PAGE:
BBC News
watch One-Minute World News
Languages
Last Updated: Wednesday, 1 March 2006, 11:42 GMT
Sarajevo massacre survivor speaks
Ten years after the end of the siege of Sarajevo, during which the Bosnian capital endured almost four years of continuous shelling and sniper attacks, the BBC's Neil Arun finds out how life has changed for survivors.

Market trader Esad Pozder
Esad Pozder is concerned about the future of Sarajevo
Cabbages saved Esad Pozder's life. The 65-year-old trader had ducked behind his stall to retrieve some of the vegetables when a mortar sailed into Sarajevo's open-air marketplace.

The explosion killed the friend who had asked Esad for the cabbages.

It killed Esad's sister, who ran a stall selling trinkets, and more than 60 other people - casualties of the single biggest atrocity during the siege of Sarajevo, which ended 10 years ago.

"I couldn't hear anything after the blast," Esad says. "But I saw it all - the dead, the injured, their limbs and organs scattered everywhere.

"We rushed the injured to hospital, packed into cars and vans. In the frenzy, we picked up whatever we could find - not just people but parts of people too."

Survivor

Above boxes of the fresh fruit he still sells from the Markale market, Esad's hands rise and fall, animating the moment in February 1994 when "a river of blood ran through the streets".

Woman injured in Sarajevo market attack in 1994
The market bombing was the single biggest atrocity during the siege
He points to the mountains, from where the shell was fired and to the sky, from which the mortar fell - silently, he says, without warning.

Nearby stall-holders, none of whom witnessed the attack, pause to hear a story they have probably heard many times before.

A young man interrupts: "Esad is the luckiest fellow alive. He will outlive us all. Even when he dies, the earth will reject his body."

Esad smiles and answers, somewhat mysteriously: "Dedo is my nickname. It means 'grandpa'. Ever since I was a little boy, people have called me grandpa."

He clearly relishes his status as the elder statesman of the Markale market - the last surviving stallholder who remembers the mortar attack.

"The people around me have changed," Esad says, "but the atmosphere here is the same."

Its tables heaving with fresh produce, the market represents an island of colour in a tiny courtyard bracketed on all sides by high, drab buildings.

Whoever fired the mortar 12 years ago had a deadly aim.

'Not civil war'

The 1994 attack on the Markale tore the heart out of Sarajevo, a city already on its knees after a two-year siege.

International outcry at the deaths suggested, at first, that a turning point had arrived in the city's fortunes.

A memorial lists the names of those killed in the attack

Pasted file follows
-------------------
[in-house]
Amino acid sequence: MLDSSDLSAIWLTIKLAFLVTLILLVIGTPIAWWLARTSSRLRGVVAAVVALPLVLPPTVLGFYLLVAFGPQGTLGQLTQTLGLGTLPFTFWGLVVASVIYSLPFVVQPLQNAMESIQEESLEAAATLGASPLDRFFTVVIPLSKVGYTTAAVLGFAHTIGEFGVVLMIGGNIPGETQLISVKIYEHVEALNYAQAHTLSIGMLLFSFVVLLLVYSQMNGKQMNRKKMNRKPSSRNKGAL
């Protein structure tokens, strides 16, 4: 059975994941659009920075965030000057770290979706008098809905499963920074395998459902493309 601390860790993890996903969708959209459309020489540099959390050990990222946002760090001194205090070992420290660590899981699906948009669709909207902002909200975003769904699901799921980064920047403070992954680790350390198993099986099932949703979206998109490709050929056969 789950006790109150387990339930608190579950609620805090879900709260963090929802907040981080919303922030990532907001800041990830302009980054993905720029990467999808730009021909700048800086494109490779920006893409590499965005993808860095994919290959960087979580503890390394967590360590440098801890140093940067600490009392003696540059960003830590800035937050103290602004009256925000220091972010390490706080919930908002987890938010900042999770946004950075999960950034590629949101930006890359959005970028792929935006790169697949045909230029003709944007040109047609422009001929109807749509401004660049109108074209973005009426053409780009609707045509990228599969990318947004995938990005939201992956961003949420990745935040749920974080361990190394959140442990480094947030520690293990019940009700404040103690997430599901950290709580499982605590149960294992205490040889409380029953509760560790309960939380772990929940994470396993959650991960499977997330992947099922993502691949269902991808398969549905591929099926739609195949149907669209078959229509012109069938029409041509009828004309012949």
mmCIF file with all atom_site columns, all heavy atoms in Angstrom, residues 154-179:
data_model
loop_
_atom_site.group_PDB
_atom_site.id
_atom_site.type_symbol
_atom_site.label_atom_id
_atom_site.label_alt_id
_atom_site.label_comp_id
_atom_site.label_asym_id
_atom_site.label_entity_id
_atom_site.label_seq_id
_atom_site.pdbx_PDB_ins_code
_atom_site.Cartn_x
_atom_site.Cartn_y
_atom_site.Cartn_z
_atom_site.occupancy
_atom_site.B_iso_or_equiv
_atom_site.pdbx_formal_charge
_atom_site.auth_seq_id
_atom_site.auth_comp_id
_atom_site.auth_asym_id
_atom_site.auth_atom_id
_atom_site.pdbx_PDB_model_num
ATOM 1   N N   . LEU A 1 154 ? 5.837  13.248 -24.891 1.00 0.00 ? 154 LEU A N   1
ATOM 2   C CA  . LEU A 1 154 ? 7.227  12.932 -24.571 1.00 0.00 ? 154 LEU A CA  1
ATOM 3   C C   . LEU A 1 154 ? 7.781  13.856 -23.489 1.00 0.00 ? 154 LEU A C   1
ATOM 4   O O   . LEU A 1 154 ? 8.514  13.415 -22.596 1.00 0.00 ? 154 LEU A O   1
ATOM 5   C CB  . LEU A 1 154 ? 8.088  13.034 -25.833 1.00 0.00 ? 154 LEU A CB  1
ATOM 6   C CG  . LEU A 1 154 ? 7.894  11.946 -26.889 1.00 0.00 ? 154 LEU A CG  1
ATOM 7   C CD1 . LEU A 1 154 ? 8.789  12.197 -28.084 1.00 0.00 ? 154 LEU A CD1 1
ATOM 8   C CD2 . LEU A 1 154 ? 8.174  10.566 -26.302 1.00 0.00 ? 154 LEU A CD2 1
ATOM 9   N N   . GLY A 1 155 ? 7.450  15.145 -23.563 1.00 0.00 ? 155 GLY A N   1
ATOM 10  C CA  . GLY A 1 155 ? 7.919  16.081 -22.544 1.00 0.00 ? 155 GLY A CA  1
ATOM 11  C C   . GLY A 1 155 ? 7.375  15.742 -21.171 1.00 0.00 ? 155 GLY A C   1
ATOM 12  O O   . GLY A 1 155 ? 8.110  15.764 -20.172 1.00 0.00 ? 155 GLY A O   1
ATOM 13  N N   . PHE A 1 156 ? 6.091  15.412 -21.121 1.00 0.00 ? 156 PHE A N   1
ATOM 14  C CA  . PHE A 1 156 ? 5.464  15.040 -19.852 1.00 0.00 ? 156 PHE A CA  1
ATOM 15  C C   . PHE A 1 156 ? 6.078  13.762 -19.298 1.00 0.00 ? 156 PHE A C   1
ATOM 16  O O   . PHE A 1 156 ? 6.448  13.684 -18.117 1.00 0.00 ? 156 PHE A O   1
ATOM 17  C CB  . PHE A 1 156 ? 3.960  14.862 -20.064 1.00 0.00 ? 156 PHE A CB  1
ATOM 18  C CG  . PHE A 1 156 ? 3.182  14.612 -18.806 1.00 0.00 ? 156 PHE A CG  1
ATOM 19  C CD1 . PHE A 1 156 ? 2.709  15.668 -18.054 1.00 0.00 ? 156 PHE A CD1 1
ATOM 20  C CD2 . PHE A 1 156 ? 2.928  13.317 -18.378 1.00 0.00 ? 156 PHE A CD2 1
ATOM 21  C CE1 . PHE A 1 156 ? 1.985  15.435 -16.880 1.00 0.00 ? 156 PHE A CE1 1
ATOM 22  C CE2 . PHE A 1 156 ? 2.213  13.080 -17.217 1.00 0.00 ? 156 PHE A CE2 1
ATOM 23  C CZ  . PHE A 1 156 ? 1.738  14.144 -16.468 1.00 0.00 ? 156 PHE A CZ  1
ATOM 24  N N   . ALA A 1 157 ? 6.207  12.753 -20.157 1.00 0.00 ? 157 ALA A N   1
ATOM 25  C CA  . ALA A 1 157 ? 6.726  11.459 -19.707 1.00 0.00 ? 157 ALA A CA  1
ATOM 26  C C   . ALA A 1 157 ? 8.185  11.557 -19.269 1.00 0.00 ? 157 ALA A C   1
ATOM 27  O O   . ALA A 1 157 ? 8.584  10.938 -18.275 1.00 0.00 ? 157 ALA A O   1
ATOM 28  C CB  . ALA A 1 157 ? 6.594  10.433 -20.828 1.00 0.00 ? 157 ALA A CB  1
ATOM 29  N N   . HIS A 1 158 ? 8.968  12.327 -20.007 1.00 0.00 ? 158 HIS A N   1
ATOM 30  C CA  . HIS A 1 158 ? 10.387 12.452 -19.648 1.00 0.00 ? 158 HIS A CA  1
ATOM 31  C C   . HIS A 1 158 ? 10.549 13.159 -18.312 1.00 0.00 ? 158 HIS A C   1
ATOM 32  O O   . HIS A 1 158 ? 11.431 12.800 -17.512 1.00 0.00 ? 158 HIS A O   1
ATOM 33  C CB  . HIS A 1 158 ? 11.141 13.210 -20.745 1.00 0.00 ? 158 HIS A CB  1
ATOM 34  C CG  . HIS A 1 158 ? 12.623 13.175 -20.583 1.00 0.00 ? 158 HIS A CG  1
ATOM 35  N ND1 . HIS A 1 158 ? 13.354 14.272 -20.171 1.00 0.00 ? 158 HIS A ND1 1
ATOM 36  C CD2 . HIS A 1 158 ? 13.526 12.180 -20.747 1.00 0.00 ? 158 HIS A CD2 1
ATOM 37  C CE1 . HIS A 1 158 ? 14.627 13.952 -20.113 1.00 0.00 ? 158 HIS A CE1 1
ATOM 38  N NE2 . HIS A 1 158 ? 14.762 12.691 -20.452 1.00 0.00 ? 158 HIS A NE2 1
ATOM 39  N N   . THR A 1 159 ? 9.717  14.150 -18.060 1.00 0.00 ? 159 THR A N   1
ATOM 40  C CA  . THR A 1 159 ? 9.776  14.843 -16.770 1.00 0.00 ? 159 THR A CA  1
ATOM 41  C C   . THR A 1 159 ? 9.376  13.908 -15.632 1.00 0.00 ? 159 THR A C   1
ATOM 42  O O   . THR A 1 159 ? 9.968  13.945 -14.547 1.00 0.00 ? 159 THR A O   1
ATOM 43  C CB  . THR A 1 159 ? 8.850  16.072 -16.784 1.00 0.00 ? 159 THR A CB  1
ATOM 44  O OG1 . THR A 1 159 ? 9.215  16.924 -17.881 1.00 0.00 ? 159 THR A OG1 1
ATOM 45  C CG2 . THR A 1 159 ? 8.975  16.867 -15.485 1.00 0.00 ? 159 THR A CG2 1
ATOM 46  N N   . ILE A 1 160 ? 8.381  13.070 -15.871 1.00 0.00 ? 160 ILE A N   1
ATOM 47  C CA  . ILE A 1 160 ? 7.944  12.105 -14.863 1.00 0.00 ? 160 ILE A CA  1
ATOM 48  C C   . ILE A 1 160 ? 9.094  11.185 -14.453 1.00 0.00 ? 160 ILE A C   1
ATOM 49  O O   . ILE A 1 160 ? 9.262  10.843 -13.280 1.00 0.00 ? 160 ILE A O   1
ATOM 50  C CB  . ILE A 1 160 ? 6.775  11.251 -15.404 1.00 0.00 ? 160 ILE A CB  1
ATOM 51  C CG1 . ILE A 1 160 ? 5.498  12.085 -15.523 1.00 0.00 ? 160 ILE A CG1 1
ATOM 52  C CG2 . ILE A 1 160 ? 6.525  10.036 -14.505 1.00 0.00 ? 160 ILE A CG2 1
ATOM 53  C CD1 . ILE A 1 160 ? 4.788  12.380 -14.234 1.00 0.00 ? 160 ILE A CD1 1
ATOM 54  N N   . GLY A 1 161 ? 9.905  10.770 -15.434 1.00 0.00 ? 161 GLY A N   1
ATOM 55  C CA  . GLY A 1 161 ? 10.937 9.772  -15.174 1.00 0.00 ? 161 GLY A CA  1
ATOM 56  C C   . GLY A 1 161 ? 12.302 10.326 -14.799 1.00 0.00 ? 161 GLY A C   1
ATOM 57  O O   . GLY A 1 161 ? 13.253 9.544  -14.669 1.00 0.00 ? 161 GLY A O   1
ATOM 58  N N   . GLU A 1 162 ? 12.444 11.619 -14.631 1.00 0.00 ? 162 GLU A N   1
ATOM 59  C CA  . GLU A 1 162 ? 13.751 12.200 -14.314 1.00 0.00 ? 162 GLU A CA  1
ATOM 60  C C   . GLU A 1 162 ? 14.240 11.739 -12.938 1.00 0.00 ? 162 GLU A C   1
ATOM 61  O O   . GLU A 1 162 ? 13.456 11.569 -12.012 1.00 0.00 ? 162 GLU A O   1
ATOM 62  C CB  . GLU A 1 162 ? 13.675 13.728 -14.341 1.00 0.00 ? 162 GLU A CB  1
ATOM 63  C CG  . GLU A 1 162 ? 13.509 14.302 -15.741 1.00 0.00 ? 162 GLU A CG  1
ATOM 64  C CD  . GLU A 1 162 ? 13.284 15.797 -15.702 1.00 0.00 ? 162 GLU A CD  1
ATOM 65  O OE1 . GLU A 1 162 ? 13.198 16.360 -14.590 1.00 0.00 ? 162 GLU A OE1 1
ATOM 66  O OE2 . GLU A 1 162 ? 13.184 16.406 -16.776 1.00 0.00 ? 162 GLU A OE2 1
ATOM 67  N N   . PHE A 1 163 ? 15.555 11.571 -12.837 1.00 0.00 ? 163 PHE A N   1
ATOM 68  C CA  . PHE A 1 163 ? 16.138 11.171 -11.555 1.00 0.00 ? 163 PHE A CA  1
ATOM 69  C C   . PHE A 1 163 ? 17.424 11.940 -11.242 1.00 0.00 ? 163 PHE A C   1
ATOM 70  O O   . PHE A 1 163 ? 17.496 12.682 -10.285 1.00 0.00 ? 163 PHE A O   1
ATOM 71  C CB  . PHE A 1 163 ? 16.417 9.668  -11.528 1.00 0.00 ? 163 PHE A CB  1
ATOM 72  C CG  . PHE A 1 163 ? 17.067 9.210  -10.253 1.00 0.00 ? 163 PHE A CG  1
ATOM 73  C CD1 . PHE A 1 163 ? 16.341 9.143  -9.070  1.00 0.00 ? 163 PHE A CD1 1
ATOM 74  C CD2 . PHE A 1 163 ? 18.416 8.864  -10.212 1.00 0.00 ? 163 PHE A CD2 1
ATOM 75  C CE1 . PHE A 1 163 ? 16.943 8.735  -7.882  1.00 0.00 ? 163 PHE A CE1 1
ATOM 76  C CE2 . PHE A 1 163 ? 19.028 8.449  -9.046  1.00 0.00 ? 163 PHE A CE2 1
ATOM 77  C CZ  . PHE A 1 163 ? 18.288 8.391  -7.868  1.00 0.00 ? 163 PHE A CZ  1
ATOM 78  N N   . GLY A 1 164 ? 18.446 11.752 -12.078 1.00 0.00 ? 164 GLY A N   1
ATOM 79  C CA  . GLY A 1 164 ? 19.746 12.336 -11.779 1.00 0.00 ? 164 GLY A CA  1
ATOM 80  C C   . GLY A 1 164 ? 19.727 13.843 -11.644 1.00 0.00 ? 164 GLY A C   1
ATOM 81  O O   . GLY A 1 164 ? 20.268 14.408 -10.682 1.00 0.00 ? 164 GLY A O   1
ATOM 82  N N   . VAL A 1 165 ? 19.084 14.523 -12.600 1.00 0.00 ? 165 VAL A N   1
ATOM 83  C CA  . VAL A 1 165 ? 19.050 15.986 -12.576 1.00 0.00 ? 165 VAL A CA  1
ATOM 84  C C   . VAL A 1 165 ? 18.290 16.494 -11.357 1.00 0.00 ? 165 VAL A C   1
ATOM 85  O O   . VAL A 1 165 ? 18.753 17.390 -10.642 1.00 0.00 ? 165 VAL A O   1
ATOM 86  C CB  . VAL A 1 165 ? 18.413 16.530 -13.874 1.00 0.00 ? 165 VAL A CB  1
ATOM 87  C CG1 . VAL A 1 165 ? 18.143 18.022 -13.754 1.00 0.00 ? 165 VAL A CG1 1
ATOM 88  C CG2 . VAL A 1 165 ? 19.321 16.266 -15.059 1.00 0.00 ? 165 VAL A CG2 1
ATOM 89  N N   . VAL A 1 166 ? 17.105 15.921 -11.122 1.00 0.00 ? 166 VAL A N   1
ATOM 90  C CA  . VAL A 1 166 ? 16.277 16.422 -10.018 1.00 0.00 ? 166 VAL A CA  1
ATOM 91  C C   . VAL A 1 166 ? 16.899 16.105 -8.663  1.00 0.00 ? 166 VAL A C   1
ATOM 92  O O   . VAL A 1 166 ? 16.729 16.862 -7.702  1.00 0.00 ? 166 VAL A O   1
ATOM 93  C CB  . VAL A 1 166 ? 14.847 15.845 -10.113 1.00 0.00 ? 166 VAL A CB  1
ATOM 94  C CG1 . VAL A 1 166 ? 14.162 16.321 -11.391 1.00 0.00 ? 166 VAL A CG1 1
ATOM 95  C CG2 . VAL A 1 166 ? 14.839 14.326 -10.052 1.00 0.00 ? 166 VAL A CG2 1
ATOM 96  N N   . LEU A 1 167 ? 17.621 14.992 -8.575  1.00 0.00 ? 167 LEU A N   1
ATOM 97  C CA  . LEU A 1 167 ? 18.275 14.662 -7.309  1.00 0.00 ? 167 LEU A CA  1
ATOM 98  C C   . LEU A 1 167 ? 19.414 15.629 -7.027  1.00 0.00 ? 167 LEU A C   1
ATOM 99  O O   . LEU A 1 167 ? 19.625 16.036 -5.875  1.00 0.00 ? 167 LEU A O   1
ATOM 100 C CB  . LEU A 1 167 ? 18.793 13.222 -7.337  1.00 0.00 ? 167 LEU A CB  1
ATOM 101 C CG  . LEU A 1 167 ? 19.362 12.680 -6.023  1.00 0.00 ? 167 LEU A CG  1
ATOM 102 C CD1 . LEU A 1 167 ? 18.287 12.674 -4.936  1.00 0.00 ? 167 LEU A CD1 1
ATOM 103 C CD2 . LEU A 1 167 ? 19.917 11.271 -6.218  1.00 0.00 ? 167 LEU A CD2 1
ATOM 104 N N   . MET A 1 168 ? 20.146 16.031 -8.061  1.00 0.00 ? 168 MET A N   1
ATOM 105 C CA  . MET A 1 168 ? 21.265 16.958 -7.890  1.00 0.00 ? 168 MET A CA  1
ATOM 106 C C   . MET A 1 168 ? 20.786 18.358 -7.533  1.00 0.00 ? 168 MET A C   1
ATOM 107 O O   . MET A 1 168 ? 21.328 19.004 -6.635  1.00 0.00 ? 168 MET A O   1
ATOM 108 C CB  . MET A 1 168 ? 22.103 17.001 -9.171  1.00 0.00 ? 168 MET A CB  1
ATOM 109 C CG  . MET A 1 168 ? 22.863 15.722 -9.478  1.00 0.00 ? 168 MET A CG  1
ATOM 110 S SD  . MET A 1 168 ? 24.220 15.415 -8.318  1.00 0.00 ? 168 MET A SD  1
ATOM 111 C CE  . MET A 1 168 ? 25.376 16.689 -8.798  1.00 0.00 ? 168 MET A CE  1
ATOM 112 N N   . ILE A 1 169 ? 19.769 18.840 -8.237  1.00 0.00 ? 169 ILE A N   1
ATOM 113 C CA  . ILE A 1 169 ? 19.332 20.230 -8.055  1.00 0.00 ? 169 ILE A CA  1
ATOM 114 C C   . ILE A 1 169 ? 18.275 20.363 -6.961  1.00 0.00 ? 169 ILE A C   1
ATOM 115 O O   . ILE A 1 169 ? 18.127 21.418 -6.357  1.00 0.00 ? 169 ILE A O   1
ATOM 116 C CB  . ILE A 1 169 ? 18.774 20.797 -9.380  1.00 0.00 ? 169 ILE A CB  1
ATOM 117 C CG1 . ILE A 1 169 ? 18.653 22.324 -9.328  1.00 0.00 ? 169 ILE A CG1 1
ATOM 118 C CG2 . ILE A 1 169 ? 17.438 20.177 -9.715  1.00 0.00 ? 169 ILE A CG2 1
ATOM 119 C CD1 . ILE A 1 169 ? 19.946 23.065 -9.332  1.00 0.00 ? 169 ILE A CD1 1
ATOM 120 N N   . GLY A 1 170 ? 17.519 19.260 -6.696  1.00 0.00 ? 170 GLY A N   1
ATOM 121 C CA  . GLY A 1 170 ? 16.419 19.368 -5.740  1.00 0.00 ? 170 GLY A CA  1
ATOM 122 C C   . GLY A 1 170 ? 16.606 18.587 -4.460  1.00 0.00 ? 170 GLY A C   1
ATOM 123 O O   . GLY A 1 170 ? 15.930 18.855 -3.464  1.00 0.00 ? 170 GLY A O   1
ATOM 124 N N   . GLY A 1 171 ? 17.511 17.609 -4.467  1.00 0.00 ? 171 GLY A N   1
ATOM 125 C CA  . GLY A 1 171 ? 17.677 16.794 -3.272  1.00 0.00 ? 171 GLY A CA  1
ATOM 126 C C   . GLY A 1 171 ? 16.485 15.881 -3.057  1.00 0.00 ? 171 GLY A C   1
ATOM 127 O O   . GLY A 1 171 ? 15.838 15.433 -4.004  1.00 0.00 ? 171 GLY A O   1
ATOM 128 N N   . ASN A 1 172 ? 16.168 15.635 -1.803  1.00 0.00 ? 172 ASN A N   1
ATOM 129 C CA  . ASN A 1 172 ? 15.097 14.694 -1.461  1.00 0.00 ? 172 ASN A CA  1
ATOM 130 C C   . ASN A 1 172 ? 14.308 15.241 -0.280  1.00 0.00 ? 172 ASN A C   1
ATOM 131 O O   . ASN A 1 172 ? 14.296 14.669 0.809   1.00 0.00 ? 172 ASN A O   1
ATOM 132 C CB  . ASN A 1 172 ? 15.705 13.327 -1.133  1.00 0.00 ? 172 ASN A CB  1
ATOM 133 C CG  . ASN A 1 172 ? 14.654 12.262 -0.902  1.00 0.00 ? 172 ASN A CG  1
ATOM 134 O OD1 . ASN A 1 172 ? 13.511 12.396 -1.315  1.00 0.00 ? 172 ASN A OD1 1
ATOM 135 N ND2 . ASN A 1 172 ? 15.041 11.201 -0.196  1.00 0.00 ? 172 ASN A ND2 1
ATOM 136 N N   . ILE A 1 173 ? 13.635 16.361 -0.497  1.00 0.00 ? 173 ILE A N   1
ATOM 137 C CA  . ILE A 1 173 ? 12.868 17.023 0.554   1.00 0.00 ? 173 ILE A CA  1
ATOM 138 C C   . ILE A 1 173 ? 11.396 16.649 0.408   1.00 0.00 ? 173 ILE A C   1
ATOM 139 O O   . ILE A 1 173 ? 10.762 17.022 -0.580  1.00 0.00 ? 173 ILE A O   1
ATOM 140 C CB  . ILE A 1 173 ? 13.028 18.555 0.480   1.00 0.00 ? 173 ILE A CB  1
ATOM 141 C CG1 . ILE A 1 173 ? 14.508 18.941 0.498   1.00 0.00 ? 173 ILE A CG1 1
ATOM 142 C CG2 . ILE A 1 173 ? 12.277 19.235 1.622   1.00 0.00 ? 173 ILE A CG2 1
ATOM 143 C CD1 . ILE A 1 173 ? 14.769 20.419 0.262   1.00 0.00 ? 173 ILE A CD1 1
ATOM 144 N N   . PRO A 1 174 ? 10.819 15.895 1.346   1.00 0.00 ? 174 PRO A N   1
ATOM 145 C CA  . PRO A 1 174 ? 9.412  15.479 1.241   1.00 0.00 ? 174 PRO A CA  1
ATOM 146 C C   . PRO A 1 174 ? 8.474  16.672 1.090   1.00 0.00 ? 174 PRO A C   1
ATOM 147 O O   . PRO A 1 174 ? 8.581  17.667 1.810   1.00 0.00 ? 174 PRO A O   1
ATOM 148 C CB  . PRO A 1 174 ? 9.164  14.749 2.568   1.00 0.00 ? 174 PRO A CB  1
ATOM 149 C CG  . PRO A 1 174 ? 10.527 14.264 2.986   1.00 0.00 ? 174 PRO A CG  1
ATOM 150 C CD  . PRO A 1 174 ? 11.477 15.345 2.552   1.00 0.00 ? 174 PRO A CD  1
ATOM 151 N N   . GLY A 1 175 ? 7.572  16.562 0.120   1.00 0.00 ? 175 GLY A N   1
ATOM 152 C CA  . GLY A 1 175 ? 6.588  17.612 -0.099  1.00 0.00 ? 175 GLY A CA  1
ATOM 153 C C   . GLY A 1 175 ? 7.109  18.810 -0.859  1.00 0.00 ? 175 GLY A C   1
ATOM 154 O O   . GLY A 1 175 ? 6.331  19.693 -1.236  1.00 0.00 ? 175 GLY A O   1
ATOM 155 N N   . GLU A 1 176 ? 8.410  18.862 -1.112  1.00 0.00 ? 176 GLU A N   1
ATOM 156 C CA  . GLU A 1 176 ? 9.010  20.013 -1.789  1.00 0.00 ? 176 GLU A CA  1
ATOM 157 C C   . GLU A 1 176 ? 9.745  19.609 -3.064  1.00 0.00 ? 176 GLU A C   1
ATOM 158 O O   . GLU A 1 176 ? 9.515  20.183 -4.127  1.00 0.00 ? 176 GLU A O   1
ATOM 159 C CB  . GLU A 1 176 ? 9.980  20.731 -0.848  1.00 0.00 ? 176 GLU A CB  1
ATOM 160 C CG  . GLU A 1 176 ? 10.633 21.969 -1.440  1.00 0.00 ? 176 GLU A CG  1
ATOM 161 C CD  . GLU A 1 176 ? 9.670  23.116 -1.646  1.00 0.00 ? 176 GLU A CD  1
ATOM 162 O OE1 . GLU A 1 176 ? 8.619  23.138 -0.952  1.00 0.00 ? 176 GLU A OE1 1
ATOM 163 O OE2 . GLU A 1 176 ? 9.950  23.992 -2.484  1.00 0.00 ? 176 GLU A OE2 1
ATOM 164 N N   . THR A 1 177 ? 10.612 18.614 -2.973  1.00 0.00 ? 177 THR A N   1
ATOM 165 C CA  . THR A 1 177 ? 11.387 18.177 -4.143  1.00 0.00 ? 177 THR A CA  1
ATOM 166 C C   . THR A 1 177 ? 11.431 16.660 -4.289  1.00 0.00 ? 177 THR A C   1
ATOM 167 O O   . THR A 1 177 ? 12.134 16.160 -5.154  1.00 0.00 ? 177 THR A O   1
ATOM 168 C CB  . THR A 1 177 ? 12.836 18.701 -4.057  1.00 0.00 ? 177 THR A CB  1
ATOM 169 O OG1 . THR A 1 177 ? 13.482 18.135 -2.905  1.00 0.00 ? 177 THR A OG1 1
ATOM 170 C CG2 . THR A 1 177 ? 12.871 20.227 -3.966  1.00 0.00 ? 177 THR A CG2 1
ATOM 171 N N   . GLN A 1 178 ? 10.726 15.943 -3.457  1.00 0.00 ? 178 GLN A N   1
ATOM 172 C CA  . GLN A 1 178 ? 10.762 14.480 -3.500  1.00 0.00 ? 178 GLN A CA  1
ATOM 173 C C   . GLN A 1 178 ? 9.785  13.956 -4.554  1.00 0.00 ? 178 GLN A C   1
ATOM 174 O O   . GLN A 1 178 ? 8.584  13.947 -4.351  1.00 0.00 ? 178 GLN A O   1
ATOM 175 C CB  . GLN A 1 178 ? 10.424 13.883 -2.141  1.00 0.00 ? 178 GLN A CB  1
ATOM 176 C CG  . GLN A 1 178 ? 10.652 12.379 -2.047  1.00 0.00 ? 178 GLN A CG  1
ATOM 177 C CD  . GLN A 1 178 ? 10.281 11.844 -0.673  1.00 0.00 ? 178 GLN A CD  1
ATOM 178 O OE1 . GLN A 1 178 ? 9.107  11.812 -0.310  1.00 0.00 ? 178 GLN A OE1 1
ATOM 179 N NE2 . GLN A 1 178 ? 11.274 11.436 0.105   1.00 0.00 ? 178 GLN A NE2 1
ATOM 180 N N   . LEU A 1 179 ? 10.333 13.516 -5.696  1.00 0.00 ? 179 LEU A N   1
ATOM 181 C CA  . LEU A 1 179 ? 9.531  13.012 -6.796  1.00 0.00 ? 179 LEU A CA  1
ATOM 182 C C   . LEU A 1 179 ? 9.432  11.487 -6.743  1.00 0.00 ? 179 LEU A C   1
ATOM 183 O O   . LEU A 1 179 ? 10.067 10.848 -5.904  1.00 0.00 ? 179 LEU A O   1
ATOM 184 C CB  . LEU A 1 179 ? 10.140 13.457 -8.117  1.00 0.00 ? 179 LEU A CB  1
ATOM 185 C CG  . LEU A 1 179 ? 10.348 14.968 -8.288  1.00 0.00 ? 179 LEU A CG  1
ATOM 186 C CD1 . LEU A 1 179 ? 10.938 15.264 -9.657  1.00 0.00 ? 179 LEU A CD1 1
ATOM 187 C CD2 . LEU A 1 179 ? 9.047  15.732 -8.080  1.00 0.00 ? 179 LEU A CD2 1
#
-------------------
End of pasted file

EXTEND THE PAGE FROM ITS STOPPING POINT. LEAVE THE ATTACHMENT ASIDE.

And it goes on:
But the massacre soon became just another milestone, marking the mid-way point in a siege that carried on for another two years.

The Bosnian Serb forces besieging Sarajevo denied they were behind the Markale attack, and after a brief retreat - prompted by a Nato ultimatum - they resumed their bombardment of the city.

Esad does not blame the Serbs for what happened. He blames their former leader, Slobodan Milosevic, and the late leader of Croatia, Franjo Tudjman.

"You cannot say we had a civil war here," he says. "Otherwise people like Dragan would have joined the Serbs to fight for them."

Dragan is one of Esad's closest friends, a Serb from Sarajevo who lost both his legs in a grenade attack.

"He is a good guy," says Esad. "We went to football games together. Sometimes, he would even come to the mosque with me."

According to Esad, Dragan refused to join the Serb army, choosing instead to stay in the city and run his barbers' shop - a decision that led to his shop being forced to shut.

'Spread the word'

Esad is guarded about the future. Things are tough for the young people nowadays, he says - they don't have jobs.

Moreover, he says, the Sarajevo of old - a city of friendships and football matches - no longer exists.

"The kids these days need to grow up fast and get to grips with the situation. Otherwise, we can look forward to fresh wars every five or six years."

Directly opposite Esad's fruit stall, a simple memorial commemorates the victims of the mortar attack on 5 February 1994.

It lists their names and ends with the injunction: "Remember this day. Spread the word about it."


map



SEE ALSO
Gay war film stirs Bosnian anger
21 Mar 05 |  Entertainment
Country profile: Bosnia-Hercegovina
31 Jan 06 |  Country profiles



FEATURES, VIEWS, ANALYSIS
Has China's housing bubble burst?
How the world's oldest clove tree defied an empire
Why Royal Ballet principal Sergei Polunin quit

PRODUCTS & SERVICES

Americas Africa Europe Middle East South Asia Asia Pacific